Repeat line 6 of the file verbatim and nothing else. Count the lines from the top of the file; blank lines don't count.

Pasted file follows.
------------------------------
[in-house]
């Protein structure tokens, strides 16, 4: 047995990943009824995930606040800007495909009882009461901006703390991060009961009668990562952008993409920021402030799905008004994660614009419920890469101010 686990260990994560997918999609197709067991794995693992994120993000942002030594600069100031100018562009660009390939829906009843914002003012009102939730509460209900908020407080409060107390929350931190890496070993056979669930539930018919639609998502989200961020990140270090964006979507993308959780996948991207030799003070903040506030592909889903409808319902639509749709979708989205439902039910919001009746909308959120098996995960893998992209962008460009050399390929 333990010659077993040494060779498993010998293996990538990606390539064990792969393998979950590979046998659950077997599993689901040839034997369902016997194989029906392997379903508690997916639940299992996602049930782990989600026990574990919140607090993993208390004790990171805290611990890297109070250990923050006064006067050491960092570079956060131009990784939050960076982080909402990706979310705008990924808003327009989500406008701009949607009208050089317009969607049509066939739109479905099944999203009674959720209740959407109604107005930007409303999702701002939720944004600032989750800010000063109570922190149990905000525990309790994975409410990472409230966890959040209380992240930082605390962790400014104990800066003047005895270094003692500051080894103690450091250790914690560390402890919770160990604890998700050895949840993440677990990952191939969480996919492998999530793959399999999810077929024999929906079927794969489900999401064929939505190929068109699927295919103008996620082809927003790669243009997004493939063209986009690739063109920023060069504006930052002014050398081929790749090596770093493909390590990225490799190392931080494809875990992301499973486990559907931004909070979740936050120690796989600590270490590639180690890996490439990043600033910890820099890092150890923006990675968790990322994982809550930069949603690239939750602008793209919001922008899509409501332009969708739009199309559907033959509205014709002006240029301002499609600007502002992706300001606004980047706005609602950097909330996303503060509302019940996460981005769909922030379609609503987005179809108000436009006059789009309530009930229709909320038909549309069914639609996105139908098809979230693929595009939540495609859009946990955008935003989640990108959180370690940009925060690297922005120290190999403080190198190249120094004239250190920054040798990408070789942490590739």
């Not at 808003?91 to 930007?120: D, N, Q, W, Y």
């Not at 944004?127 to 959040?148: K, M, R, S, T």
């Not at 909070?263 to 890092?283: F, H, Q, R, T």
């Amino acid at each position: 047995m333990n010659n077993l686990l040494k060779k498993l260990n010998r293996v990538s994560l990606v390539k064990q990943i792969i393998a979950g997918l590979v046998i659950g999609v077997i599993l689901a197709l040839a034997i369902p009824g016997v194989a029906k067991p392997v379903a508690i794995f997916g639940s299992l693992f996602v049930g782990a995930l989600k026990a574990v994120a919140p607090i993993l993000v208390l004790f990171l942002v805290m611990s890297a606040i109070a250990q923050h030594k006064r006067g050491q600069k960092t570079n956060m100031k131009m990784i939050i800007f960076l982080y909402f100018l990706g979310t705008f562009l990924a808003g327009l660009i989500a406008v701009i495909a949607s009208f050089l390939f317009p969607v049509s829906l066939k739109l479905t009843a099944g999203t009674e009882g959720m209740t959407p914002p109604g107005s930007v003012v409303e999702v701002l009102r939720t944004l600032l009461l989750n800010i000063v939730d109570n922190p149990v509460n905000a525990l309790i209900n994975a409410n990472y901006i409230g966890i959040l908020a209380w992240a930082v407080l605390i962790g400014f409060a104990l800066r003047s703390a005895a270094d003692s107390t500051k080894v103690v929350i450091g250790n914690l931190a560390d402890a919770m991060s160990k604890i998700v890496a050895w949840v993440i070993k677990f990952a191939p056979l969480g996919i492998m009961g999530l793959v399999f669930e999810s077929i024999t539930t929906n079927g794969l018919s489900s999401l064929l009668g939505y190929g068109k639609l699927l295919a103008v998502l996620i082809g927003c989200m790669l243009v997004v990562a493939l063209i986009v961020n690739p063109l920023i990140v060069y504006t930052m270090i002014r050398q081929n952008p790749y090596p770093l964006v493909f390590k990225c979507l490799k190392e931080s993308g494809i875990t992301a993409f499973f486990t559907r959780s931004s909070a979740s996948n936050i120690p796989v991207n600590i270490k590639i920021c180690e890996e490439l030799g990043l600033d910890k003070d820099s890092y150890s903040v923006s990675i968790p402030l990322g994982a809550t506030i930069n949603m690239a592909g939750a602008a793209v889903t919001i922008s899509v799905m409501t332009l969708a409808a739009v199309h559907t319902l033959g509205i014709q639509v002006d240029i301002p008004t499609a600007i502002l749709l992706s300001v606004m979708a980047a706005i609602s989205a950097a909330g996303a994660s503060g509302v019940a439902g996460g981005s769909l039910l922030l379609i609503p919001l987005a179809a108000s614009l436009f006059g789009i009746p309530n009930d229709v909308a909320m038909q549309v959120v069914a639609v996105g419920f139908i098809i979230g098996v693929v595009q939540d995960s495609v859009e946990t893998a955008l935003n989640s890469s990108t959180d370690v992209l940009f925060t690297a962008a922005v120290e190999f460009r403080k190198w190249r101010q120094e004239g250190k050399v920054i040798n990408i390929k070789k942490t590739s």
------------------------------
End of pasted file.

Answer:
């Amino acid at each position: 047995m333990n010659n077993l686990l040494k060779k498993l260990n010998r293996v990538s994560l990606v390539k064990q990943i792969i393998a979950g997918l590979v046998i659950g999609v077997i599993l689901a197709l040839a034997i369902p009824g016997v194989a029906k067991p392997v379903a508690i794995f997916g639940s299992l693992f996602v049930g782990a995930l989600k026990a574990v994120a919140p607090i993993l993000v208390l004790f990171l942002v805290m611990s890297a606040i109070a250990q923050h030594k006064r006067g050491q600069k960092t570079n956060m100031k131009m990784i939050i800007f960076l982080y909402f100018l990706g979310t705008f562009l990924a808003g327009l660009i989500a406008v701009i495909a949607s009208f050089l390939f317009p969607v049509s829906l066939k739109l479905t009843a099944g999203t009674e009882g959720m209740t959407p914002p109604g107005s930007v003012v409303e999702v701002l009102r939720t944004l600032l009461l989750n800010i000063v939730d109570n922190p149990v509460n905000a525990l309790i209900n994975a409410n990472y901006i409230g966890i959040l908020a209380w992240a930082v407080l605390i962790g400014f409060a104990l800066r003047s703390a005895a270094d003692s107390t500051k080894v103690v929350i450091g250790n914690l931190a560390d402890a919770m991060s160990k604890i998700v890496a050895w949840v993440i070993k677990f990952a191939p056979l969480g996919i492998m009961g999530l793959v399999f669930e999810s077929i024999t539930t929906n079927g794969l018919s489900s999401l064929l009668g939505y190929g068109k639609l699927l295919a103008v998502l996620i082809g927003c989200m790669l243009v997004v990562a493939l063209i986009v961020n690739p063109l920023i990140v060069y504006t930052m270090i002014r050398q081929n952008p790749y090596p770093l964006v493909f390590k990225c979507l490799k190392e931080s993308g494809i875990t992301a993409f499973f486990t559907r959780s931004s909070a979740s996948n936050i120690p796989v991207n600590i270490k590639i920021c180690e890996e490439l030799g990043l600033d910890k003070d820099s890092y150890s903040v923006s990675i968790p402030l990322g994982a809550t506030i930069n949603m690239a592909g939750a602008a793209v889903t919001i922008s899509v799905m409501t332009l969708a409808a739009v199309h559907t319902l033959g509205i014709q639509v002006d240029i301002p008004t499609a600007i502002l749709l992706s300001v606004m979708a980047a706005i609602s989205a950097a909330g996303a994660s503060g509302v019940a439902g996460g981005s769909l039910l922030l379609i609503p919001l987005a179809a108000s614009l436009f006059g789009i009746p309530n009930d229709v909308a909320m038909q549309v959120v069914a639609v996105g419920f139908i098809i979230g098996v693929v595009q939540d995960s495609v859009e946990t893998a955008l935003n989640s890469s990108t959180d370690v992209l940009f925060t690297a962008a922005v120290e190999f460009r403080k190198w190249r101010q120094e004239g250190k050399v920054i040798n990408i390929k070789k942490t590739s």